Home / India News / Glenmark’s Covid-19 drug to nod to Hetero and Cipla for remdesivir: Latest on fight against coronavirus
Glenmark Pharmaceuticals has said it has launched antiviral drug favipiravir, under the brand name FabiFlu, for the treatment of cases of mild to moderate Covid-19.
FabiFlu, the first oral favipiravir approved medication in India for the treatment of the coronavirus disease, will be available as a 200mg tablet at a maximum retail price (MRP) of Rs 3,500 for a strip of 34 tablets, Glenmark has said.
The Drug Controller General of India (DCGI) granted Glenmark Pharmaceuticals the permission to manufacture and market favipiravir for “restricted emergency use” in mild to moderate cases.
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Favipiravir, which has been approved in Japan since 2014 for the treatment of novel or re-emerging influenza virus infections, has shown clinical improvement of up to 88% in mild to moderate Covid-19 cases, the company has said.
Glenmark had announced in May that it is conducting another clinical trial to evaluate the efficacy of two antivirals favipiravir and umifenovir as a combination therapy in moderate hospitalised adult Covid-19 patients in India.
Hetero and Cipla have been given a nod by India’s drug regulator to manufacture and market antiviral drug remdesivir for “restricted emergency use” on hospitalised Covid-19 patients.
“The approval to Hetero and Cipla was given on Saturday,” news agency PTI quoted a source as saying.
Written informed consent of each patient is required before the use of remdesivir and results of additional clinical trials, active post-marketing surveillance data and reporting of serious adverse events have to be submitted.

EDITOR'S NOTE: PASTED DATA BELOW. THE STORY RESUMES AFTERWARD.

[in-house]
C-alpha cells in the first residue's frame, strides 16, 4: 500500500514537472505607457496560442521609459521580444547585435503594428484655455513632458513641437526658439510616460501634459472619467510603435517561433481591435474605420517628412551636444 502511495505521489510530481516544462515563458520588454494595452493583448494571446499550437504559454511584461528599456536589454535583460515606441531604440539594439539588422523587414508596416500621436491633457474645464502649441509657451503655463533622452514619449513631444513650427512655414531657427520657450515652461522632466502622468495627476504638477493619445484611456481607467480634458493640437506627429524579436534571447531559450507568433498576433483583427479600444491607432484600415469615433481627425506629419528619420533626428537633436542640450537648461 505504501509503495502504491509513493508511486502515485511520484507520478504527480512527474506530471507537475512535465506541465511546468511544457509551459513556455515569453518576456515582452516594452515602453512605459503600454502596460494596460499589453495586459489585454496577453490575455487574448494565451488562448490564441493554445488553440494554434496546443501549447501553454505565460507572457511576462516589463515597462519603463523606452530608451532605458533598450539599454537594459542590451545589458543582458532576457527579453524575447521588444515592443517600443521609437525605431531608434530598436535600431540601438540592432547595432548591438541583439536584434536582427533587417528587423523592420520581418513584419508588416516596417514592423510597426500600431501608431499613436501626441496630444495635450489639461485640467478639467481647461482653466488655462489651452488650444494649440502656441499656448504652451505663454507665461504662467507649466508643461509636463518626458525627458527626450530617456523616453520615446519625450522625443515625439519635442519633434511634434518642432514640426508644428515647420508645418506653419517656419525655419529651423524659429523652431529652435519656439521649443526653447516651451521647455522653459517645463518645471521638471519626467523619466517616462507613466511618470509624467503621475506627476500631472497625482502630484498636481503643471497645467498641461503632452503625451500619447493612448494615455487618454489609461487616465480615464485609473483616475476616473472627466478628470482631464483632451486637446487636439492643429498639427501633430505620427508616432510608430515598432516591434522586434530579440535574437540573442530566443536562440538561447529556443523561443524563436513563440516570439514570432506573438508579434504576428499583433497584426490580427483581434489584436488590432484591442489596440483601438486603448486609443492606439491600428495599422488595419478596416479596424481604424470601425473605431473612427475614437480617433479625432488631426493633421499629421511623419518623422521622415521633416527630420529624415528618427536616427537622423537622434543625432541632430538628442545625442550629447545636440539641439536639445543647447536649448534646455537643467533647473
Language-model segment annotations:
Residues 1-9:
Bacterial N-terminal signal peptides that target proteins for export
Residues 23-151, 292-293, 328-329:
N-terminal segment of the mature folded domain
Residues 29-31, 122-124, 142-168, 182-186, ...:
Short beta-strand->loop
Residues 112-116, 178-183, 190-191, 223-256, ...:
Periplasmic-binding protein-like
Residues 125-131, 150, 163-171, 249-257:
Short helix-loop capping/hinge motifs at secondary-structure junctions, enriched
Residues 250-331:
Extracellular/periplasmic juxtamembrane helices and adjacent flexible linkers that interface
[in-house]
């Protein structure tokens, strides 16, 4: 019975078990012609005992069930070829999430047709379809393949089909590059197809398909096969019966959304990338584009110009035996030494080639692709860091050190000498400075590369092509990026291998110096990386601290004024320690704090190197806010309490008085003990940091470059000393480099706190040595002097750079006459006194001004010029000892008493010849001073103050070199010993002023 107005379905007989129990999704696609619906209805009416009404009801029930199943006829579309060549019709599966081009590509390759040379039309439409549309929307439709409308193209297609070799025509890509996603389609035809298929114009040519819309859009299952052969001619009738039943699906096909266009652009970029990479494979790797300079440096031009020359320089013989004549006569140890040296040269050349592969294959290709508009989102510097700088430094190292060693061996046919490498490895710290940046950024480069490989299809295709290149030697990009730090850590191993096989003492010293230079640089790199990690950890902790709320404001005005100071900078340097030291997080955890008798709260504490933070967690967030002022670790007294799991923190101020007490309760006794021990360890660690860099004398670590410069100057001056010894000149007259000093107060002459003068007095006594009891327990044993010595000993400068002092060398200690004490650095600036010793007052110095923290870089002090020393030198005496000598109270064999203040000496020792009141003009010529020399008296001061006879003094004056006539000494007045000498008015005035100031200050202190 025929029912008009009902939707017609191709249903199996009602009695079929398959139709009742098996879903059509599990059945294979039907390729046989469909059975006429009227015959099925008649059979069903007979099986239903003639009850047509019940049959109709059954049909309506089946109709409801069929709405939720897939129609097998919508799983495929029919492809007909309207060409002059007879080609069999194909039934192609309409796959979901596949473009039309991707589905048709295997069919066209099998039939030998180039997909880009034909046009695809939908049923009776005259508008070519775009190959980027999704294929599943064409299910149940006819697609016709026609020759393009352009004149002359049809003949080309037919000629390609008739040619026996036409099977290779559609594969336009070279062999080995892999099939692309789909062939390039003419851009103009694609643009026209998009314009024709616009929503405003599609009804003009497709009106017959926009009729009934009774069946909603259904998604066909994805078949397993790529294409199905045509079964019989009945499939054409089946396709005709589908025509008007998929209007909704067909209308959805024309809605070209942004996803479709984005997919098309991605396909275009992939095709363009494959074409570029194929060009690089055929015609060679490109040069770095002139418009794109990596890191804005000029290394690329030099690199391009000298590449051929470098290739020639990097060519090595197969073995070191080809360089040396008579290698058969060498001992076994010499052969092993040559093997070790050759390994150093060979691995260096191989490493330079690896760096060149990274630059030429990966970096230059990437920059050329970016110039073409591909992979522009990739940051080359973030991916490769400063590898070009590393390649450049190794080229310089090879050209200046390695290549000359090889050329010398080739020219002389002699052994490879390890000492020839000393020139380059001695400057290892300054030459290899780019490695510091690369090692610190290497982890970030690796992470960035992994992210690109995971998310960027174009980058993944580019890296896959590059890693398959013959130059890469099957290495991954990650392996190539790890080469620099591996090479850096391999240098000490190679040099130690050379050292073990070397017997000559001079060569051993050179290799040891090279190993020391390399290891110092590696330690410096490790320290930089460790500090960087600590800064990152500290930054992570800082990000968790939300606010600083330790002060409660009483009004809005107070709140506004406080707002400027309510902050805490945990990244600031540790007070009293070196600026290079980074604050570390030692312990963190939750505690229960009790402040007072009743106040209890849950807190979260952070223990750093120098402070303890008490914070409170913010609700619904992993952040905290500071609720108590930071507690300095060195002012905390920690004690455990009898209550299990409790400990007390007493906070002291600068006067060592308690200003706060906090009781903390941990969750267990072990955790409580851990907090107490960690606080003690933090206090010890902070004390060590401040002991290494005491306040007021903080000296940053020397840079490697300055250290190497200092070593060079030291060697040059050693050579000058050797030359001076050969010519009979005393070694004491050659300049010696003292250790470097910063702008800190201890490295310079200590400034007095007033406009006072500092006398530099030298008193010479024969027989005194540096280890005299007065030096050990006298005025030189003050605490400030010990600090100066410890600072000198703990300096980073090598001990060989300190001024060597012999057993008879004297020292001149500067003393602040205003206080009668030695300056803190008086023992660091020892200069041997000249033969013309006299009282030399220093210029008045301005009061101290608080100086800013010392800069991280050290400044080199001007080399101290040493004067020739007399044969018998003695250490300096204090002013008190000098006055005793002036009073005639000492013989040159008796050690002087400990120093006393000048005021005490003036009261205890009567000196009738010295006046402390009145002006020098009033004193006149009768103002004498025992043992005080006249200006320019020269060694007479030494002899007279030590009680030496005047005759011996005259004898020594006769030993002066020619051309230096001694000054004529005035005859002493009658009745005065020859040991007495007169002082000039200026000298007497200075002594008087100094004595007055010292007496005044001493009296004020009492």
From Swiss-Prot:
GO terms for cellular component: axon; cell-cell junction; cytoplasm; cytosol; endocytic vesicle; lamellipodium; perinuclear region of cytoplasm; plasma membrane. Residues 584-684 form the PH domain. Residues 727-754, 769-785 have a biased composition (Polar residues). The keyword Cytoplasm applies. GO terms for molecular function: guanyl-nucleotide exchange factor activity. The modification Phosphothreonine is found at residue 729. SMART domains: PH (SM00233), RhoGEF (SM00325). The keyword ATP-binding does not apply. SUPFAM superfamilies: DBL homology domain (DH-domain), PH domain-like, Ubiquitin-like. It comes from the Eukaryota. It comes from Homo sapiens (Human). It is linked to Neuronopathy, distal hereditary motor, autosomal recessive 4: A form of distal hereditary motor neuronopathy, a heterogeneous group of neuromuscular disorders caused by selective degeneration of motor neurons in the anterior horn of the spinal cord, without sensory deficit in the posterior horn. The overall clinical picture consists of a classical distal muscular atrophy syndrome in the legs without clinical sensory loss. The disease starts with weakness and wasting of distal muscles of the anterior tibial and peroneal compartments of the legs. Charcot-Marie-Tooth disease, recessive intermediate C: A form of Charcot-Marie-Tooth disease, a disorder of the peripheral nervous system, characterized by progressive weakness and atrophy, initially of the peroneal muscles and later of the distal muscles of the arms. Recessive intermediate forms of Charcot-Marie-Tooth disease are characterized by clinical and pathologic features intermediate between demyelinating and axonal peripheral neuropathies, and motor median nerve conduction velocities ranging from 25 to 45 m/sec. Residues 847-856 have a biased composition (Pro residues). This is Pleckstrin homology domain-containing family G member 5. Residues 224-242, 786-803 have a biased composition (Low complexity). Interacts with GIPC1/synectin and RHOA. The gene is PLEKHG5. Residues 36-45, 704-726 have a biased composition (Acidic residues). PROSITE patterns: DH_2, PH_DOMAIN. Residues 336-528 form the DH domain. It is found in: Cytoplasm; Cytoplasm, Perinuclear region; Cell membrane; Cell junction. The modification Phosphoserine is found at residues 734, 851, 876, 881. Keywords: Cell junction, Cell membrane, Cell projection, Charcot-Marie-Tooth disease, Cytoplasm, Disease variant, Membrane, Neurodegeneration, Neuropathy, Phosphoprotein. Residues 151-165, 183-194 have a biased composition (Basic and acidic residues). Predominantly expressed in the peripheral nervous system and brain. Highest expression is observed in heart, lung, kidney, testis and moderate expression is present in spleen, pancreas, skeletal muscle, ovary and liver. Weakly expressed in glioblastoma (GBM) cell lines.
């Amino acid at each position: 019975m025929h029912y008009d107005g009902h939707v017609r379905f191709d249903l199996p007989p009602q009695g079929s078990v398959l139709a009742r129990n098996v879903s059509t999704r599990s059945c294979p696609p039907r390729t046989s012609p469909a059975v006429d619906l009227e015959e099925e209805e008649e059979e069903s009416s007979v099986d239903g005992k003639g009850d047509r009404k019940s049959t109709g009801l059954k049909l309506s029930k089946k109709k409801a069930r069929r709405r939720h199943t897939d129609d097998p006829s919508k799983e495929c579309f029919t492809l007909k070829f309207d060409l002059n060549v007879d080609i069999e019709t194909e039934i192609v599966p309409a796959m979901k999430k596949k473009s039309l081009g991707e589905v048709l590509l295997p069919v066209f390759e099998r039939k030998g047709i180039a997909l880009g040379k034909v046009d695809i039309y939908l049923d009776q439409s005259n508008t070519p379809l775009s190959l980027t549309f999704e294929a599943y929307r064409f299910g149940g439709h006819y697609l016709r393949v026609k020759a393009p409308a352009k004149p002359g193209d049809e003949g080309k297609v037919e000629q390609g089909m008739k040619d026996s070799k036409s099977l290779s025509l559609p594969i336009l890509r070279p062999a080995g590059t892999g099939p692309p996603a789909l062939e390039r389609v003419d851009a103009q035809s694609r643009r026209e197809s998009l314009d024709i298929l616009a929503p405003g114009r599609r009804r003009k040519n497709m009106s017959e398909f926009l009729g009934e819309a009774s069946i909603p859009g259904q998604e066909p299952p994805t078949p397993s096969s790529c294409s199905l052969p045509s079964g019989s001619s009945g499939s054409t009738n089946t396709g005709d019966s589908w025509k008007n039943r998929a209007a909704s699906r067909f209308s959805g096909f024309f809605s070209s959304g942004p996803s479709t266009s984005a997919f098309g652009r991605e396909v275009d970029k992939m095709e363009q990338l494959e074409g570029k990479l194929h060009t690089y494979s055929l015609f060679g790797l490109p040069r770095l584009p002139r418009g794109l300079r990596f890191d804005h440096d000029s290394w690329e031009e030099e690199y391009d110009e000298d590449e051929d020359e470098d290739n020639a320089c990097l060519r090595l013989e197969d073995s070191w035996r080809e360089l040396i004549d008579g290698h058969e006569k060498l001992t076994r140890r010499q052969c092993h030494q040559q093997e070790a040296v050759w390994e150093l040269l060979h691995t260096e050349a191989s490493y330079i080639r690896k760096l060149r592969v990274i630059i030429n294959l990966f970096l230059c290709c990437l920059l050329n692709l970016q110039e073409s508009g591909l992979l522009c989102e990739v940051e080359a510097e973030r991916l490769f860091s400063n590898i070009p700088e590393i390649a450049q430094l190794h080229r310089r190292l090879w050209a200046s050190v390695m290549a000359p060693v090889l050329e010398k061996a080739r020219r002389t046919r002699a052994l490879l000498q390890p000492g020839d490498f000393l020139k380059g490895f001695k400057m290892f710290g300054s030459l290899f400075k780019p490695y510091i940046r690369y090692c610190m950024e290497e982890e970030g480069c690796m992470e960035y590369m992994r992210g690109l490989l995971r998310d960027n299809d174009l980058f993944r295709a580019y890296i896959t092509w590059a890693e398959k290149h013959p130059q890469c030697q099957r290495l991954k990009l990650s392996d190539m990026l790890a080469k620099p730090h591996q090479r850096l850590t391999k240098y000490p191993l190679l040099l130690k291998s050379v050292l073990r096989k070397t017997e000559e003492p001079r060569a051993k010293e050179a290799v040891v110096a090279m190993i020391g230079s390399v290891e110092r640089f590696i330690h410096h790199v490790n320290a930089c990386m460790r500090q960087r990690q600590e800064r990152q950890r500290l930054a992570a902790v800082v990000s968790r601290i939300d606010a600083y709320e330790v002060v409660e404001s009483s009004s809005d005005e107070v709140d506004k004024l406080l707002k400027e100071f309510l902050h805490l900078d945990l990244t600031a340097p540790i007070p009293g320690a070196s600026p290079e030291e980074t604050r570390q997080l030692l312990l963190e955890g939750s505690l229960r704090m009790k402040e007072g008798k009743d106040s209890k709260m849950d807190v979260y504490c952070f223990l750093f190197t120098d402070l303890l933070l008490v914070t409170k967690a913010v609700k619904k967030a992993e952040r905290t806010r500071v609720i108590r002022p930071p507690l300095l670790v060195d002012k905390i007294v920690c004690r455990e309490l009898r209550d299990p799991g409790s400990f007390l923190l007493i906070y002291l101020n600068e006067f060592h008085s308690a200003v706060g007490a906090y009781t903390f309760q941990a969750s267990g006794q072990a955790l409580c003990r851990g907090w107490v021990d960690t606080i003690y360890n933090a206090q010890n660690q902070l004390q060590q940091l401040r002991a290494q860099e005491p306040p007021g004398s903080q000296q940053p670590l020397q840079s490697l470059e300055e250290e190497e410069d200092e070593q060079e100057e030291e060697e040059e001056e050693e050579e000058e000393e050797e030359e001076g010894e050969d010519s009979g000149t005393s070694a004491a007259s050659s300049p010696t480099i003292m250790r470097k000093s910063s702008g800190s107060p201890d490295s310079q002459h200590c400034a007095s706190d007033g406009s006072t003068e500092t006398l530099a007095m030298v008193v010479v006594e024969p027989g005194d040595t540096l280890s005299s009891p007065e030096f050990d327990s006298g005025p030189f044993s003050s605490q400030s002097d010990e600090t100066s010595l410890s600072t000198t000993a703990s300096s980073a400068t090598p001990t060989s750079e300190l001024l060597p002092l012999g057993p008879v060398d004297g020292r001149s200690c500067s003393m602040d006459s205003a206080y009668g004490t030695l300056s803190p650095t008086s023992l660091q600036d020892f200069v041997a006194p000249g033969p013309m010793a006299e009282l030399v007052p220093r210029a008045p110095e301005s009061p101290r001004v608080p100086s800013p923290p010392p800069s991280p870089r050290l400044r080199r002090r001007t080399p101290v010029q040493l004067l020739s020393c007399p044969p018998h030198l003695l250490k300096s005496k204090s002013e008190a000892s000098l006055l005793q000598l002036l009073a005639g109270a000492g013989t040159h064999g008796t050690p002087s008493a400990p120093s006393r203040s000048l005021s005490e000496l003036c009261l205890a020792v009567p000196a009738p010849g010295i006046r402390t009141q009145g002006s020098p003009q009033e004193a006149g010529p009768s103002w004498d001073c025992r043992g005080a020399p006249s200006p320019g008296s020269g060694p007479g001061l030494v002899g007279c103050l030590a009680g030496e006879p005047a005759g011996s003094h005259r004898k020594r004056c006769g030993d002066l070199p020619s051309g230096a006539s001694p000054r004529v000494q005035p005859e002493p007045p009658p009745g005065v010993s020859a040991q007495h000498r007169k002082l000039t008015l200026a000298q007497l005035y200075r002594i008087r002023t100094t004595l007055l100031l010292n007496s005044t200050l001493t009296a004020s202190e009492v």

The Union health ministry, in its ‘Clinical Management Protocols for COVID-19’, recommended the use of remdesivir on patients in the moderate stage of the disease that is, those on oxygen.
The drug has been included as an “investigational therapy” only for restricted emergency use purposes.
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Cipla and Hetero Labs have already entered into non-exclusive licensing agreements with US pharma giant Gilead Sciences, which is the patent holder of remdesivir.
Gilead Sciences had applied to the Indian Drug Regulatory Agency, Central Drug Control Standard Organisation (CDCSO), for import and marketing of remdesivir on May 29. After due deliberations, permission under emergency use authorisation was granted by DCGI on June 1 in the interest of patient safety and obtaining further data.
Gilead had signed non-exclusive voluntary licensing agreements with five generic pharma firms -- Cipla, Jubilant Life Sciences, Hetero, BRD and Mylan to manufacture and distribute remdesivir, a potential antiviral therapy for Covid-19.
Following which, Cipla, Hetero Labs, BRD, Mylan, Jubilant Life Sciences, Dr Reddy’s Labs approached India’s drug regulator to make and sell remdesivir in the country and are still awaiting permission.
These applications are being processed by the CDSCO in accordance with the laid down procedures.
The health ministry had earlier said that these companies are at various intermediate stages of inspection of manufacturing facilities, verification of data, stability testing, emergency laboratory testing as per protocol etc.
It has said that being an injectable formulation, testing for assay, identity, impurities, bacterial endotoxin test and sterility become very critical for patient safety and this data needs to be provided by the companies.
Serum Institute, the world’s largest manufacturer of vaccines by volume, is working on several candidates for coronavirus—including potentially mass-producing the AstraZeneca and Oxford university one—as well as developing its own.
(With agency inputs)